William Paterson University Holds 2020 Fiscal Year Hearing


Courtesy wpunj.edu

Olivia Biel , Staff Writer

Amid persistent issues of mold-infested dorms and flooded buildings, Board of Trustees chairman Michael Seeve told students tuition is likely to rise at the William Paterson University 2020 fiscal year hearing in the David and Lorraine Cheng Library Tuesday, March 5.

The main reasons cited for raising tuition were payroll salaries, cost of maintaining campus grounds, optimal level of services and opportunities, attracting quality professors, food services and dorms.

It is uncertain how much tuition will rise, but the university has historically kept increases at a 2 percent rate, according to Miki Cammarata, vice president for Student Development, who was also in attendance.

“The impact of tuition on students is very real,” Seeve said. “Some students come in with very personal stories about the sacrifices they make to pay for William Paterson. That’s why there are so many individual donors, alumni, volunteers and people like myself that want to be supportive.”

The news also comes amid the development of Skyline Hall, a new residence hall described as a more “modern” facility than its predecessors. It will house sophomores through seniors and is scheduled to open in July.

The cost of Skyline Hall is still undetermined, but some students at the hearing voiced the opinion that the money for its construction would be better spent fixing issues in the current residence halls. Last semester, hazardous mold impacted the health of students in several dormitories including Heritage Hall and Hillside Hall. Cold showers, power malfunctions, bursting pipes, broken laundry machines and issues with heat in the wintertime have also affected students.

“Students’ satisfaction is premised on some new facilities,” Cammarata said, concerning the construction of Skyline Hall. “It is going to be contemporary and provide the experience people want. We want to be able to fix and renovate what we have and also build new facilities.”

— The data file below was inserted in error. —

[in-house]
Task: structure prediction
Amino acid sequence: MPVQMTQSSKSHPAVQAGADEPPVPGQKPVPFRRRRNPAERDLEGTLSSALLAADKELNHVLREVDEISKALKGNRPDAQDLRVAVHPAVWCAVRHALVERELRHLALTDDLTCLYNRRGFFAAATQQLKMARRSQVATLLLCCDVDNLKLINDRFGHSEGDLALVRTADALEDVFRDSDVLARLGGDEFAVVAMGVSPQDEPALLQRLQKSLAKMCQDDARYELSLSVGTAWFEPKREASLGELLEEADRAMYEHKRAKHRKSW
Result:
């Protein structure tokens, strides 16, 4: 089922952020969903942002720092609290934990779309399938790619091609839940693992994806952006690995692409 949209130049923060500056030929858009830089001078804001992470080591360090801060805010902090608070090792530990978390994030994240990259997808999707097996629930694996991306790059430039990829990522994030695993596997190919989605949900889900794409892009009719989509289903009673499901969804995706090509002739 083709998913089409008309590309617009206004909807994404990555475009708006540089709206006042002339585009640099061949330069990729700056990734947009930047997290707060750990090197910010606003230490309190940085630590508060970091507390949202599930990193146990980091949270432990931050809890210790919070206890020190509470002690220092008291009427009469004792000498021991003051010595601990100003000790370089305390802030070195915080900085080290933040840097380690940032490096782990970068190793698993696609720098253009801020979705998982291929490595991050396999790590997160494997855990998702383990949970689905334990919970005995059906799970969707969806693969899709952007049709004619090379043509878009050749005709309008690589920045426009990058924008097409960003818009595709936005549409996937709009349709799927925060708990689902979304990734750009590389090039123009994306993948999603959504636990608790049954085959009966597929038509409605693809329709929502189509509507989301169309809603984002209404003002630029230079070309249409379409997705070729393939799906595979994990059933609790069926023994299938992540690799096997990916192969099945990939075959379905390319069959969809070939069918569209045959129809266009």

The university is prioritizing new facilities and renovations to attract new students, according to the board at the hearing. WPU has failed to meet its stated enrollment goals for a few years, according to Stephen Bolyai, vice president of Admissions and Finance.

During the hearing, Cammarata said that the Board is aware of students’ dissatisfaction with the dining hall and that her department is working to fix the issue. William Paterson’s contract with dining partner Sodexo expires next year. “Our dining facility is quite outdated compared to other facilities,” Cammarata said. “In some others, the food is cooked in front of students.” She said a group with all-student input, with the unofficial name “WP Foodies” is being created to improve the dining hall. “Working with companies that want long contracts can be a challenge in achieving student wants,” Cammarata said.

Cammarata said that there are no official plans to renovate the Student Center, however. Before any advancements are made, the Board of Trustees needs to take a look at their annual revenue, consider long-term plans and create a capital plan. The Board typically sells bonds and borrows money from banks for projects.

During the hearing, what students voiced concern about the most when considering a possible tuition increase was whether they could figure out a new financial plan in time. This concern was brought up at the hearing by Rajaun Hailey El, a junior Music major. “If students don’t know if they have money to pay for their classes, they can’t register for them,” said Ruth Alabi, a WPU junior.

Director of Student Enrollment Services Johanna Torres said that this should not be a concern. “I did an analysis of four-year colleges in this area,” she said, regarding the issue of time given to students at other Universities for financial planning. “Students are registering later in time, they’re not completing FAFSA in time, and it’s backing them up against a smaller window. We do give enough time.”

Student Enrollment Services offers meetings and workshops to help students through the financial aid process, some of which directly guide students through the process.”Come see us sooner, register earlier, get FAFSA done earlier, bring in your documents sooner so that your bill is more accurate,” said Torres.